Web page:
Now that Middlesbrough have parted company with Aitor Karanka, Sunderland are the only side in the bottom six that have yet to make a managerial change this season. Is it therefore a coincidence the Black Cats are the team that are adrift at the bottom of the Premier League? Probably not, is the answer.
As other teams manoeuvre themselves for the relegation battle, where does this leave Sunderland?
Well, first of all, given the timing of the change at Boro the Teessiders are likely to benefit from the ‘new manager bounce’, as many clubs do. Unfortunately, for the Black Cats at least, this form may still be in full effect just at the time of the relegation six pointer between the two sides.
However, placing events on Teesside to one side, even those on the periphery at Sunderland can appreciate, repeatedly sacking managers is clearly not a sustainable model for the Wearsiders. Sound logic dictates to do so is sheer madness. In fact they have found this to be the case at their significant cost, both financially and in respect failing to progress.
Yet, ironically, it is quite possibly the only single action that has kept the side in the top flight over recent seasons. A new manager, at just the right time has proven to be a catalyst for a brief upsurge in form and has allowed the team to stagger, however meekly, over the finish line.
The rhetoric from the club is that stability is now a must and you would be hard pressed to find anyone within the fan base who would disagree with that principle. However, stability is surely by definition a ‘state of being stable’. If we follow the pattern of the team’s current decline then being relegated as expected would not seem to meet that description – not by any measure.
As we know, Sunderland’s owner Ellis Short has form for having an itchy trigger finger. His reputation for jettisoning managers precedes him and he has certainly dismissed a few who have been in better positions.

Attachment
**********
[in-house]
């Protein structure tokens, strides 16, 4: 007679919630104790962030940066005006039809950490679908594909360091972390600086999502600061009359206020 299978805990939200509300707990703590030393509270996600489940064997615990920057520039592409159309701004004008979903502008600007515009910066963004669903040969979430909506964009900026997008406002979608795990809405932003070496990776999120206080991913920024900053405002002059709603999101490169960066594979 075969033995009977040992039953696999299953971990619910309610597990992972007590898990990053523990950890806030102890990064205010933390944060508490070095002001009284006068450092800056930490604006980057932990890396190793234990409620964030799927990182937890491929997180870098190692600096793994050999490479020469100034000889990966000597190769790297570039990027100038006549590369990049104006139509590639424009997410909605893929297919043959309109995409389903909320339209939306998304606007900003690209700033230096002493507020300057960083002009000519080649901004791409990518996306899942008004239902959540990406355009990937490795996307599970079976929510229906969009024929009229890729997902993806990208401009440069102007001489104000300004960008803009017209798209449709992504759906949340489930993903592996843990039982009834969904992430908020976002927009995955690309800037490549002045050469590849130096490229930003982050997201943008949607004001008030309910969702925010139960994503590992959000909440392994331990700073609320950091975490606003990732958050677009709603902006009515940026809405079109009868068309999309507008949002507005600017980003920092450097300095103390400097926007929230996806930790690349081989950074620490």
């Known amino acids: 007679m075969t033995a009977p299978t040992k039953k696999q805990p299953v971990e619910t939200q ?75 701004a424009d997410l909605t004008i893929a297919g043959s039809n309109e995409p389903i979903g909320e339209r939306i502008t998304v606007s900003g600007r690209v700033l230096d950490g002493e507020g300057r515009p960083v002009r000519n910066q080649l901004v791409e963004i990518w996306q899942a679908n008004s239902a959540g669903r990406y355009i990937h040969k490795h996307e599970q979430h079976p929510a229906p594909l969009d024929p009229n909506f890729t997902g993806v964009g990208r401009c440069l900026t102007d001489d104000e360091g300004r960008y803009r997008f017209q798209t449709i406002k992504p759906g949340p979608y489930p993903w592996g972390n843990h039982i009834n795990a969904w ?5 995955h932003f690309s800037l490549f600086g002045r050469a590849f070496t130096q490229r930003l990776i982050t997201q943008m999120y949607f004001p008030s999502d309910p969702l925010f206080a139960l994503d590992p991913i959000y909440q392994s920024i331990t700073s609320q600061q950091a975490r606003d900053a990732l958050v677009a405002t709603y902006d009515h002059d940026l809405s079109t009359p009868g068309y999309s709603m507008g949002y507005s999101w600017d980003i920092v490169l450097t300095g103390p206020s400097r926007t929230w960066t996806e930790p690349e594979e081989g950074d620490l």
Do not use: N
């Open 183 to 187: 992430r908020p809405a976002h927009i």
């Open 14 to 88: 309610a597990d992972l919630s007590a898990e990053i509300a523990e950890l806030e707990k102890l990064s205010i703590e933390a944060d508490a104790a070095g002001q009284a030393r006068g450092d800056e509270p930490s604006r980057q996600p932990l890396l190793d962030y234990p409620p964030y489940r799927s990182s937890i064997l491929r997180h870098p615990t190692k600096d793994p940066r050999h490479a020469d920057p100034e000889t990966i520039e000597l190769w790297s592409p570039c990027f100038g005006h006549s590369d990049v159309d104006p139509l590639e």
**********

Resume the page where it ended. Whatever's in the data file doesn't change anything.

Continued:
Why has he not sacked David Moyes already you may ask? Has the Texan billionaire all of a sudden changed his mentality or are the reasons likely to be around lack of sufficient funds to pay him off? Most would surely wager on the latter.
Moyes has possibly found to his delight or displeasure – depending upon which day you ask him – that he has arrived at the club just at a time when Short has pulled the purse strings so tight the knot can seemingly no longer be unpicked.
From the owner it feels that a mixture of apathy and lack of money and it is the only saving grace for Moyes at the moment. The cynics would suggest that this is being dressed up as a desire to stabilise the club and that a leopard cannot change their spots. Short has shown his colours too many times on too many occasions to change his approach now. Therefore, surely there are other motivations in play.
By accident or design Moyes is likely to remain at the helm for the foreseeable future. Whether this eventually makes any material difference to the club longer term remains to be seen. By sticking with the Scot, Sunderland have once again gambled their Premier League safety. However, this time – for whatever the reasons – Short has decided to put all his chips down on a different number.